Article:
Why Faith Is the Answer To Racial Tension

images_Prayerhands32It is no question that our country is in turmoil when it comes to racial prejudice. The media is saturated with tragic stories surrounding the black community of the United States. However, through the unrest, struggling to gain a heavenly perspective I’ve realized a few things about how to respond to these issues both as an African-American and a follower of Jesus Christ.
When I reflect on the lives of the people who created the greatest impact on the abolishment of slavery, desegregation and civil rights, they all have one thing in common; faith in Christ. Harriet Tubman, abolitionist who rescued slaves through the Underground Railroad, was undoubtably a woman who’s trust was in God. In the 1886 biography The Moses of Her People, she says “I always tole God, ‘I’m gwine to hole stiddy on you, an’ you’ve got to see me through.’” She continues by explaining how she listened to God’s voice to direct her every move.
The list goes on. Take a close look at the lives of Martin Luther King Jr.,
Frederick Douglass, Sojourner Truth… They all relied on faith in Jesus to sustain them.
The early culture of the African-American community as a whole was rooted and grounded in Christian beliefs. From secret praise houses to negro spirituals, history records the connection between Christianity and the progression of a movement towards freedom and equality.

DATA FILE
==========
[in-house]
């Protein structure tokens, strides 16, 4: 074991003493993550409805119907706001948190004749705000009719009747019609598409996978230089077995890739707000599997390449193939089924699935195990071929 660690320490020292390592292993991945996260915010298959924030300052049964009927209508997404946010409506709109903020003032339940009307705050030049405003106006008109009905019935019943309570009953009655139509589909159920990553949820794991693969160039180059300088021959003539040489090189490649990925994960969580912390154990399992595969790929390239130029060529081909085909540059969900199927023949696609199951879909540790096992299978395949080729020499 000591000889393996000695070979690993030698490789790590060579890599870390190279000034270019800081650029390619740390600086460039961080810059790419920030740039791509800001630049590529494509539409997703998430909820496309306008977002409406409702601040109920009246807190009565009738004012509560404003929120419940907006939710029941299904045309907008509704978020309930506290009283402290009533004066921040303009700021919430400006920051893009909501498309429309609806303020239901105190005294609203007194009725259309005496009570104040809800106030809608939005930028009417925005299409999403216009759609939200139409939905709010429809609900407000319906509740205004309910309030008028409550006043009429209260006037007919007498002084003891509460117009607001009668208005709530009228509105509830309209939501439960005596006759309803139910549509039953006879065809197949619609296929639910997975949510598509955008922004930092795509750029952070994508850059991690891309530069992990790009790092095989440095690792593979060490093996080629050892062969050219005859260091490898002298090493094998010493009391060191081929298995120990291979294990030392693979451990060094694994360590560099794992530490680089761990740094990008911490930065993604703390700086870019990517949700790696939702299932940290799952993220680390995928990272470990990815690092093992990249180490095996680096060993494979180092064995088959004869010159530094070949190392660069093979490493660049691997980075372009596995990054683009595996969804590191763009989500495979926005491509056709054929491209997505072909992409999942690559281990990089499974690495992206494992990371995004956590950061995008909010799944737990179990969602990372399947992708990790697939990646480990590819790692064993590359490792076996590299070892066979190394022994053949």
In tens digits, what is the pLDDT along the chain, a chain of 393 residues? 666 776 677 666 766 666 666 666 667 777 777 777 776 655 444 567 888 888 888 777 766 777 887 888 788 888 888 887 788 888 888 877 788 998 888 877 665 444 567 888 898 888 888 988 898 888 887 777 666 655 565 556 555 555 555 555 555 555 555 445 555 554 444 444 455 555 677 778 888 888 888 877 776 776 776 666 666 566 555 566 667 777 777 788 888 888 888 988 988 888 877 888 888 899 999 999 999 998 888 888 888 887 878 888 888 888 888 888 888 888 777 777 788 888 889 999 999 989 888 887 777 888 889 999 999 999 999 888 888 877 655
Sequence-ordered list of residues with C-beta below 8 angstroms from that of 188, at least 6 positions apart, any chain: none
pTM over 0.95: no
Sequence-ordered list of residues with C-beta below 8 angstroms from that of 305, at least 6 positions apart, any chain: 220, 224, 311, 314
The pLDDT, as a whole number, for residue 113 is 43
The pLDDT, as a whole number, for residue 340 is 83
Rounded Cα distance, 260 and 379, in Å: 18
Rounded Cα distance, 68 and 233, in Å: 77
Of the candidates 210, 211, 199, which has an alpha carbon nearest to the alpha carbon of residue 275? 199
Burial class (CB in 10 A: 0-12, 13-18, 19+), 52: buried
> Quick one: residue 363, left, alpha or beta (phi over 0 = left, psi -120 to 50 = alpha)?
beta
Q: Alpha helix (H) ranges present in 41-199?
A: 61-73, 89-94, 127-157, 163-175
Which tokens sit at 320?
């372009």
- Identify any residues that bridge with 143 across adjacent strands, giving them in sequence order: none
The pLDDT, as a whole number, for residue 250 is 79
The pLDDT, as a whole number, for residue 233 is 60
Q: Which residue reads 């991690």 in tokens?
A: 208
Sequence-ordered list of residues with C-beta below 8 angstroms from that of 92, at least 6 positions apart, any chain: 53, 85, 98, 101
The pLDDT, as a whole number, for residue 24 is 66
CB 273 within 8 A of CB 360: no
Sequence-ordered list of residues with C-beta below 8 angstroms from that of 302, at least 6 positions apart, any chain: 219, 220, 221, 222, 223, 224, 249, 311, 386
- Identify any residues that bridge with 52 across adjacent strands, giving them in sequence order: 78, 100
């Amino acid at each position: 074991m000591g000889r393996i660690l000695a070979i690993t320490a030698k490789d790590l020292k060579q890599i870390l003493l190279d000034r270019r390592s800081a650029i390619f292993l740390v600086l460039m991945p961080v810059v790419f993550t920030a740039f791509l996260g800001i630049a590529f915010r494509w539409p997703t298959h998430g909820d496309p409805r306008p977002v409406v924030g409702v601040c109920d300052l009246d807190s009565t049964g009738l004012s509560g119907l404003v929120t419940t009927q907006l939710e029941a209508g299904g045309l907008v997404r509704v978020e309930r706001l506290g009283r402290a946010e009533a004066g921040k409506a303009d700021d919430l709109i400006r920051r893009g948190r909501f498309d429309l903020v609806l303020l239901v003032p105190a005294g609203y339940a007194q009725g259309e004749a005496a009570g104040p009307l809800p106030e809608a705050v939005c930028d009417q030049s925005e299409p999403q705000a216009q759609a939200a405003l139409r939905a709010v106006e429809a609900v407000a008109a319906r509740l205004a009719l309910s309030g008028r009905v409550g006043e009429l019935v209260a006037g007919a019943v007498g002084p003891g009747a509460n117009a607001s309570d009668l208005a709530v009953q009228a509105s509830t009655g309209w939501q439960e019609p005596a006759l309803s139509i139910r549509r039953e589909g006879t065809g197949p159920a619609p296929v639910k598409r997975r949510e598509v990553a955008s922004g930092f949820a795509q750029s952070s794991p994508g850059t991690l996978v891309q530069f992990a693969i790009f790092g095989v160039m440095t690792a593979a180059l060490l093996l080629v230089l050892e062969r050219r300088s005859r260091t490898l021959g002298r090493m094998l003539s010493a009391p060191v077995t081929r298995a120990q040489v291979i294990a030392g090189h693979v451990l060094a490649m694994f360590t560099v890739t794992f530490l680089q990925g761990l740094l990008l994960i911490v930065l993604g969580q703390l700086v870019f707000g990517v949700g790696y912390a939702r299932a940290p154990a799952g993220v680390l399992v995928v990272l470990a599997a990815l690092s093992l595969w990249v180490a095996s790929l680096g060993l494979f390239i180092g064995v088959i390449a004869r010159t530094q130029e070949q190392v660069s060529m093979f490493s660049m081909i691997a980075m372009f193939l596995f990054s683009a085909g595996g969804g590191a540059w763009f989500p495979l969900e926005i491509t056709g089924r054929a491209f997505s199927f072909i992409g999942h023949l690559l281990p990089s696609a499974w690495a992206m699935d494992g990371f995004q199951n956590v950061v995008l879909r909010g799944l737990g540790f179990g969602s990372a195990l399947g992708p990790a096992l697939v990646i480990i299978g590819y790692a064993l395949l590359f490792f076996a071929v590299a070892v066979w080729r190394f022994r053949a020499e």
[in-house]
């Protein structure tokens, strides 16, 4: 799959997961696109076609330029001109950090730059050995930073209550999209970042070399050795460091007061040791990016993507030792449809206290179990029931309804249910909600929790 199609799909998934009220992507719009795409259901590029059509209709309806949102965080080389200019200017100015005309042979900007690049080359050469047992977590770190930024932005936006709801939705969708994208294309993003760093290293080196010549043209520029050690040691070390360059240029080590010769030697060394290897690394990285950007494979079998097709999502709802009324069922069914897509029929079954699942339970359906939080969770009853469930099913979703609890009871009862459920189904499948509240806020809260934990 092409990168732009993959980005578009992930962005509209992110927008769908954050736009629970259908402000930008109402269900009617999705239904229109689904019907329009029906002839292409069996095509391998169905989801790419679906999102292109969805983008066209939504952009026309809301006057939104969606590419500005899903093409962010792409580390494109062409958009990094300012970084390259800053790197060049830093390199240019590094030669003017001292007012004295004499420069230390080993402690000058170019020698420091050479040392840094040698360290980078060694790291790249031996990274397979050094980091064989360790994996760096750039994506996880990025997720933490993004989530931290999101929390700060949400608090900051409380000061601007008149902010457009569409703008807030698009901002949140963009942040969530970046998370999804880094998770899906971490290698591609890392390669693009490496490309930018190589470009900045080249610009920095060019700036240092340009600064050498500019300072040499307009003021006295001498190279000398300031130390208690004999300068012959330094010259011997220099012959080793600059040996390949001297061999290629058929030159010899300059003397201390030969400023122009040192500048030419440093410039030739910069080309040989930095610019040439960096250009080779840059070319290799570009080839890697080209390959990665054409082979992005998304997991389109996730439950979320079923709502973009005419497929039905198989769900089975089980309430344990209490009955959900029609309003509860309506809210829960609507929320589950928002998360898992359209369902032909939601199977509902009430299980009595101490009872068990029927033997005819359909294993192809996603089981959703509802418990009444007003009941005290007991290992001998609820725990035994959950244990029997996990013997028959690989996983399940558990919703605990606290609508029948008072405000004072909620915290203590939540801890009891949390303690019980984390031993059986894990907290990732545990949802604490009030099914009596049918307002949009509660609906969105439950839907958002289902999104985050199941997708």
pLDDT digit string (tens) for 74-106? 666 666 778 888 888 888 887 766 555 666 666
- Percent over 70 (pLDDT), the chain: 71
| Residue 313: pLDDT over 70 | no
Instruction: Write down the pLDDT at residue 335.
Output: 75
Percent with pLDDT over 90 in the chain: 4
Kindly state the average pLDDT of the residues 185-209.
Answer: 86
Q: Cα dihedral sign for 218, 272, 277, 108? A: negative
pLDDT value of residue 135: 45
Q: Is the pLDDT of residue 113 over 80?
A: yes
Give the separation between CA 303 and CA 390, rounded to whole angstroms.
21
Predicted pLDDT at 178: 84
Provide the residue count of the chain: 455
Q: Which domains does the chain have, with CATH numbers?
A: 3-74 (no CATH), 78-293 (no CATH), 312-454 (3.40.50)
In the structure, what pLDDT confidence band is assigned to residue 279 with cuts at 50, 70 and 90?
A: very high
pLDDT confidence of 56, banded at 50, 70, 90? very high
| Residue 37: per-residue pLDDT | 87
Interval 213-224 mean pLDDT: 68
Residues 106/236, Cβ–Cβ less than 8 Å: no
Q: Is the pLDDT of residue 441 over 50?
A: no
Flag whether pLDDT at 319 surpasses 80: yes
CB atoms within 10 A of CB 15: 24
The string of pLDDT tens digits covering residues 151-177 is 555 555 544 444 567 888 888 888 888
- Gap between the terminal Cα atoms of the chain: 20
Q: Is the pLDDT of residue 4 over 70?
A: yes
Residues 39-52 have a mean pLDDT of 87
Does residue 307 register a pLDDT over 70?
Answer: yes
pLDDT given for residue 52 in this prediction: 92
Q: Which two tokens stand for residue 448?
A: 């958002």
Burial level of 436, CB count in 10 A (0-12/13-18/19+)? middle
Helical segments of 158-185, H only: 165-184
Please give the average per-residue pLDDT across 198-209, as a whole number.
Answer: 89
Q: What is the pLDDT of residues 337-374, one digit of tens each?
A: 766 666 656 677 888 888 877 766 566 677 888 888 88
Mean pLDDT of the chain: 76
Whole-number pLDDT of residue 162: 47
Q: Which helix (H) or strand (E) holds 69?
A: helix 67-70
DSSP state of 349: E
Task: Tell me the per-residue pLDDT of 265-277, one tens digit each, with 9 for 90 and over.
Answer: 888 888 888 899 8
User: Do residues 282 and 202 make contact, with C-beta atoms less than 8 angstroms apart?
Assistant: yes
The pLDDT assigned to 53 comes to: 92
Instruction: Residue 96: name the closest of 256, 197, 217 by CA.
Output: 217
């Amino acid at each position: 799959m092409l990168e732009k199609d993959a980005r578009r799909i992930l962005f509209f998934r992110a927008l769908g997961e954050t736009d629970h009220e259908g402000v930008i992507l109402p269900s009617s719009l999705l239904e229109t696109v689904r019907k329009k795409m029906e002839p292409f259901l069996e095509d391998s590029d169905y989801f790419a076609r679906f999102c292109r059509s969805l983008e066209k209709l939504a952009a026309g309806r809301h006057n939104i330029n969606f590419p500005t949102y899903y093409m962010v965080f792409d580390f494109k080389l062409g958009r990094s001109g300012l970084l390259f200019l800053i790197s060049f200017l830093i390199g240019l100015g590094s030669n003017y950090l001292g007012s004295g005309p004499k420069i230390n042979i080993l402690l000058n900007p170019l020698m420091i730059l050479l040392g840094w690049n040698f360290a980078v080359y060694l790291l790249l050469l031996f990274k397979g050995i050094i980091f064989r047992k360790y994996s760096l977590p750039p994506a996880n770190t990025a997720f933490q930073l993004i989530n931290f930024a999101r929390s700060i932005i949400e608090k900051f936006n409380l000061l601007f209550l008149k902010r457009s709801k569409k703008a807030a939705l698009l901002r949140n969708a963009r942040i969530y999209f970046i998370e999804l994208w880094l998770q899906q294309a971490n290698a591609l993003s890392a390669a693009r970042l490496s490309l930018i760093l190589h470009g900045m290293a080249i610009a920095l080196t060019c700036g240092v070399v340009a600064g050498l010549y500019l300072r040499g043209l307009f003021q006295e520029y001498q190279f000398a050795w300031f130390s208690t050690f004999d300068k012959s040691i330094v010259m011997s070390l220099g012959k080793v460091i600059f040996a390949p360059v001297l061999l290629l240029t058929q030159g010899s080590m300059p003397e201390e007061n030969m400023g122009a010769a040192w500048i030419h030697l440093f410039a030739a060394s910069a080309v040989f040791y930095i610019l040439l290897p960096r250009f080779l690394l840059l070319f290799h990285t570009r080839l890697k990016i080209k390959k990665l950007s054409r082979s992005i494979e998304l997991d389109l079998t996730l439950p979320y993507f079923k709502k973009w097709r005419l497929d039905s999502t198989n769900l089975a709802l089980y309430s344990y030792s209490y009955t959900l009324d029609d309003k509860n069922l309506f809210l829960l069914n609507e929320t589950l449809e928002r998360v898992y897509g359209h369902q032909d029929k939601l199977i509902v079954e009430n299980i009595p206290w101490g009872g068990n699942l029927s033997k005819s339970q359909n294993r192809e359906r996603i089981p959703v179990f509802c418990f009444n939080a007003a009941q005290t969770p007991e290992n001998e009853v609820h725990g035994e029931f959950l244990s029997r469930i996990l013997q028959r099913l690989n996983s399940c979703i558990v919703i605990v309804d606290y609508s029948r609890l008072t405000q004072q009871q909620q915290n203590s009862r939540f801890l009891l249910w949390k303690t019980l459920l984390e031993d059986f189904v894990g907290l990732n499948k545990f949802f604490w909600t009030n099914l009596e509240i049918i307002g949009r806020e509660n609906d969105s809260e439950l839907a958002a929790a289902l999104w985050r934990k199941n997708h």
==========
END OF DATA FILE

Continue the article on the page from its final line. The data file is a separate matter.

While I would love to conduct a history report, I’ll jump to the main point. Faith is the answer to confronting racial discrimination, and here’s why:
The Bible repeatedly shows us though stories and verses of exhortation how a person of faith ought to see themselves in relationship to God rather than other people. We’ve all heard that comparison is the thief of joy. Perhaps a greater awareness of an identity in Christ would alter the mindset of people warring against social constructs. If I view myself as a black person, fighting against a system designed to hold me back, what is my response? I’m frustrated, depressed and hopeless. How could anyone be an instrument of change with that attitude? On the other hand, if I view myself as a child of God, beautifully and fearfully made, what is my response to the negative circumstances? I might recite James 1:2-4. I’m encouraged, hopeful and my heart is in the right position to hear God’s voice to comfort and lead me.
“Be angry and do not sin” (Ephesians 4:26). Did the Bible just give me permission to be angry, yes. As a person, you have emotions, and that is okay. It is not okay to burn down the homes and business of innocent people. When Rosa Parks refused to give up her seat to a white man on the bus, she didn’t raise her voice and cause a riot. She peacefully held her ground to get her point across. This is the same demeanor that Jesus had leading to his death. He patiently endured, and later received His reward in heaven. Righteous anger does not kill, steal and destroy, the enemy does. Righteous anger knows that vengeance belongs to The Lord.
The Resolution
As an African-American, deeply hopeful for the current state of our nation, I have come to a few conclusions. The first, is that without the peace that passes understanding, I will never be able to have a heart soft enough for God to use me as a peacemaker. Destructive rioting and violent protests do not solve problems, they only support the notion that black people are insolent and unable to restrain themselves in the face of adversity. Faith is the key to unlocking a positive perspective on myself, my community and the world. As Dr. King said himself, “Faith is taking the first step even when you don’t see the whole staircase.”


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